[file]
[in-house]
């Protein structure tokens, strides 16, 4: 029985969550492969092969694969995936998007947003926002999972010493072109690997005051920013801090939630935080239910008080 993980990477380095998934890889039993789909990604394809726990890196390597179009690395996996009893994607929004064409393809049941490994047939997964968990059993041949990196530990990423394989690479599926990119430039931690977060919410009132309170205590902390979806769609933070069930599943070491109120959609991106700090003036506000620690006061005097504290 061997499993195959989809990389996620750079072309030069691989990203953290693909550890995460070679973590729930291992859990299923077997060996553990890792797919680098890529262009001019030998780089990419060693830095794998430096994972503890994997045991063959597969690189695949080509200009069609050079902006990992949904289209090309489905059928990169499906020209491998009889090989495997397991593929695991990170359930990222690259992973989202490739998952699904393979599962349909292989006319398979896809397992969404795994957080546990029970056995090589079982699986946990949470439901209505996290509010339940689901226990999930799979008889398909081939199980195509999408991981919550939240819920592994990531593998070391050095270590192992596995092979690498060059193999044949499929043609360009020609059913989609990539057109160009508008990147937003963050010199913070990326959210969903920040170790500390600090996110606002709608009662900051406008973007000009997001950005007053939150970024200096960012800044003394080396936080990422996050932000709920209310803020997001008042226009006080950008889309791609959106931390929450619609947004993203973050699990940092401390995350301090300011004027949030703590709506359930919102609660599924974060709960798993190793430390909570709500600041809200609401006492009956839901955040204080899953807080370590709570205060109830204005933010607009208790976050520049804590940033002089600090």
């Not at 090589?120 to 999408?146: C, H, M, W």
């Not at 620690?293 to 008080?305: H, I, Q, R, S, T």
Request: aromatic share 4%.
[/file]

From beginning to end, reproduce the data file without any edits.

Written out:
[in-house]
């Protein structure tokens, strides 16, 4: 029985969550492969092969694969995936998007947003926002999972010493072109690997005051920013801090939630935080239910008080 993980990477380095998934890889039993789909990604394809726990890196390597179009690395996996009893994607929004064409393809049941490994047939997964968990059993041949990196530990990423394989690479599926990119430039931690977060919410009132309170205590902390979806769609933070069930599943070491109120959609991106700090003036506000620690006061005097504290 061997499993195959989809990389996620750079072309030069691989990203953290693909550890995460070679973590729930291992859990299923077997060996553990890792797919680098890529262009001019030998780089990419060693830095794998430096994972503890994997045991063959597969690189695949080509200009069609050079902006990992949904289209090309489905059928990169499906020209491998009889090989495997397991593929695991990170359930990222690259992973989202490739998952699904393979599962349909292989006319398979896809397992969404795994957080546990029970056995090589079982699986946990949470439901209505996290509010339940689901226990999930799979008889398909081939199980195509999408991981919550939240819920592994990531593998070391050095270590192992596995092979690498060059193999044949499929043609360009020609059913989609990539057109160009508008990147937003963050010199913070990326959210969903920040170790500390600090996110606002709608009662900051406008973007000009997001950005007053939150970024200096960012800044003394080396936080990422996050932000709920209310803020997001008042226009006080950008889309791609959106931390929450619609947004993203973050699990940092401390995350301090300011004027949030703590709506359930919102609660599924974060709960798993190793430390909570709500600041809200609401006492009956839901955040204080899953807080370590709570205060109830204005933010607009208790976050520049804590940033002089600090």
């Not at 090589?120 to 999408?146: C, H, M, W």
């Not at 620690?293 to 008080?305: H, I, Q, R, S, T």
Request: aromatic share 4%.